• Everything the United States of America owes us, as well as a peaceful soul, mind, body, etc.

We will keep you updated on their next steps and reflections as they embark on a journey of civic engagement. Your skills and talents may also be called upon as they put their thoughts into action. 

“Let there be peace on earth and let it begin with me.”

Stay Peaceful

peaceBWI recently started teaching a conflict resolution course at a high school where I work. During my reflection on a recent class, four ideas emerged that I believe are central to a study on violence. These ideas are: Respect, Weakness, Power and Control.

When we were developing our group norms for the class, I asked each person to describe how they wanted to be treated in the class. Every one of them said respect or some variation of it. We went on to detail what respect looked like and it was clear that they were passionate about being respected.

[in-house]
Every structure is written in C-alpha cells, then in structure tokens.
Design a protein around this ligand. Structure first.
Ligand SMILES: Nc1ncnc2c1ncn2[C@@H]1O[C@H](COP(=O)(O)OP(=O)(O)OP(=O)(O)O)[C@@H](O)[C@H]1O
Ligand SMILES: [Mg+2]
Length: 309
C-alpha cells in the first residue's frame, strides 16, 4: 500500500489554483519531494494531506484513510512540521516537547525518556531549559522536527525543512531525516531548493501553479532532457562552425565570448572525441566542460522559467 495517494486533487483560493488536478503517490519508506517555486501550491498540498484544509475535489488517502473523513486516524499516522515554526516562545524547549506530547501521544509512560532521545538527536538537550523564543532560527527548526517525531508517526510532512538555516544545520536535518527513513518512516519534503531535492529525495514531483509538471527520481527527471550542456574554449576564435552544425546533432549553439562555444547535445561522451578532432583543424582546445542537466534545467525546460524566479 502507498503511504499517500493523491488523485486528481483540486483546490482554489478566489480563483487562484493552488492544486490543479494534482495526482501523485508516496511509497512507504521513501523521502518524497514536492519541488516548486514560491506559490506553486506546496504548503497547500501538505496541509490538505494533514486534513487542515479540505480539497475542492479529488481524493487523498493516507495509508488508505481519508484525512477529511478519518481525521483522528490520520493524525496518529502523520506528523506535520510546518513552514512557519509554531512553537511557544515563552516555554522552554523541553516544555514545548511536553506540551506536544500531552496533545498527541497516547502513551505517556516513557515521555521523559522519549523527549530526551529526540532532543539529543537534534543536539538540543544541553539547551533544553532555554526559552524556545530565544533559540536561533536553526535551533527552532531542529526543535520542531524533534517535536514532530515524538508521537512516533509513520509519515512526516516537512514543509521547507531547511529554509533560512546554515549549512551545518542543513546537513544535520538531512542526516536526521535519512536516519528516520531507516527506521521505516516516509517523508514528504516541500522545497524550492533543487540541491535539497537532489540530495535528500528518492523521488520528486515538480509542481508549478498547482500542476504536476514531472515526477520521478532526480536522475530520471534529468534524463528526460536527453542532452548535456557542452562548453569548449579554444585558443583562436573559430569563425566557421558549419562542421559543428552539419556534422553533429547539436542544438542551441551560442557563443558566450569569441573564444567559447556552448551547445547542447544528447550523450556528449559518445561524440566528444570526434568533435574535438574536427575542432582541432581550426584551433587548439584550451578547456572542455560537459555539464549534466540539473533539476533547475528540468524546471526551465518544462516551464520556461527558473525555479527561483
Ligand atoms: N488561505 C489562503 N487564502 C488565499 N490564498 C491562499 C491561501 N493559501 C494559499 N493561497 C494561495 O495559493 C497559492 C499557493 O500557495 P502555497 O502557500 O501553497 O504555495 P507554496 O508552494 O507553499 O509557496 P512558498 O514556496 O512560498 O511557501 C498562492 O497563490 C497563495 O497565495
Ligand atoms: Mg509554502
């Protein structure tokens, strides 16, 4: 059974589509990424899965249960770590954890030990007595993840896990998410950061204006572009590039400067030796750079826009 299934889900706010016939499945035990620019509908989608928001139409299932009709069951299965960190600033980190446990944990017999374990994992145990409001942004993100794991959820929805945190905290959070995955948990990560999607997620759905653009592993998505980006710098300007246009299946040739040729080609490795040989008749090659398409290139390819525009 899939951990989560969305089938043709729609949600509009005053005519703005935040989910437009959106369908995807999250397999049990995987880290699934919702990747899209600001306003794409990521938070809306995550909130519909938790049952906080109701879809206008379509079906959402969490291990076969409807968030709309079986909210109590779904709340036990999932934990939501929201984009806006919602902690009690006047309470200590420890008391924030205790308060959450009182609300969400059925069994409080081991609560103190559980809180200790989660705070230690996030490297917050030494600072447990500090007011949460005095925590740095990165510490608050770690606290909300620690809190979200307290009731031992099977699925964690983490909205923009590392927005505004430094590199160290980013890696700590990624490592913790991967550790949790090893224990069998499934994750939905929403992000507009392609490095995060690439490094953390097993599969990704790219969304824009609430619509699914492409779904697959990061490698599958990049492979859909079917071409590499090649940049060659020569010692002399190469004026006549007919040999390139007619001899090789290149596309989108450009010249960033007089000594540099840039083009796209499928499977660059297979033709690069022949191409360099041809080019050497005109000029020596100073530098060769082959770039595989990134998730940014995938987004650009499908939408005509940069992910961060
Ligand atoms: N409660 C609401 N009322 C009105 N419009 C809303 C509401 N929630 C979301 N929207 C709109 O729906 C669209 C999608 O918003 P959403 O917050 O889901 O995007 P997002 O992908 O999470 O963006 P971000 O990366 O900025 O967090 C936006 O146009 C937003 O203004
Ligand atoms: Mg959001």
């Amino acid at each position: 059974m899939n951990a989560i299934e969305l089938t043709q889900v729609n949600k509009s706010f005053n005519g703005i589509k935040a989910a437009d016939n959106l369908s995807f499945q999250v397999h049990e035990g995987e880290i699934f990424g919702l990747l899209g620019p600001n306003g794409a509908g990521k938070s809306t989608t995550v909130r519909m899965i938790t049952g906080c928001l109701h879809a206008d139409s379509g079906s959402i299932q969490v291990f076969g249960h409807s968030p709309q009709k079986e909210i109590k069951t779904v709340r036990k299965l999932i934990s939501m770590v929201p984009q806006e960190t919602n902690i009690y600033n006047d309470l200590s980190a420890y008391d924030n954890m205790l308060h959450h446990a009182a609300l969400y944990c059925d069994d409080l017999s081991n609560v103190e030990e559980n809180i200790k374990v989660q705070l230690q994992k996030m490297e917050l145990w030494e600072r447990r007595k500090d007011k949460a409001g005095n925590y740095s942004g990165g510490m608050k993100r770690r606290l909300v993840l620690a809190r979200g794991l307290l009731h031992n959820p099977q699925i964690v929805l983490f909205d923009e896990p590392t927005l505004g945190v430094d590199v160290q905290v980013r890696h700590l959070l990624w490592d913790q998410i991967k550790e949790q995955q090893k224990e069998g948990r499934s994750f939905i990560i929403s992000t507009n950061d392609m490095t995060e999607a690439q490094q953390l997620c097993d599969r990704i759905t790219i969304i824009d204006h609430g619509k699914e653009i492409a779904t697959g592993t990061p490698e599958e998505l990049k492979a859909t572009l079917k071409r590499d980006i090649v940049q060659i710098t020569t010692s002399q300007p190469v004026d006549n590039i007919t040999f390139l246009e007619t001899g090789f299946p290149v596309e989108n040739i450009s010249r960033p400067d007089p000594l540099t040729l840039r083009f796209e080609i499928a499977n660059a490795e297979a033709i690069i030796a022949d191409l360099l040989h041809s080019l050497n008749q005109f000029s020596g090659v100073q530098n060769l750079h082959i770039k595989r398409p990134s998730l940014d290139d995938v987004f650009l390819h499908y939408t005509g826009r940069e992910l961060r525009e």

What was interesting to me, about the value they placed on being respected, was their treatment of others in the class. While they maintained their value of respect, they mocked the weakness of others and some expressed that signs of weakness deserved to be taken advantage of. They said that if you don’t display strength or dominance it was OK to be controlled by others.

An attitude of power and control permeates our society and is rewarded. It is my desire to turn our conversations towards how we treat the weakest among us. Rather than just fighting for our rights, we should be fighting for the rights and compassionate treatment of others. In doing so we can raise individuals who care for rather than prey on one another. I believe that we can raise a caring society rather than a violent one. I believe in the capacity of our youth to reflect this compassion but we have to show it to them.

What are you doing to advocate for those who are mistreated because they are assessed to be weak? God says, “Blessed are the peacemakers: for they shall be called the children of God.” As busy as you might be, please do not neglect your birth responsibility to be a peacemaker. Otherwise, you might not be called a child of God.

The world needs more Peacemakers. Are you one?

I am calling for individuals who are willing to take a coordinated step of faith to become change agents for peace. Write back to me to let me know that you care and you want to be that change agent. The first step is to say yes to the call.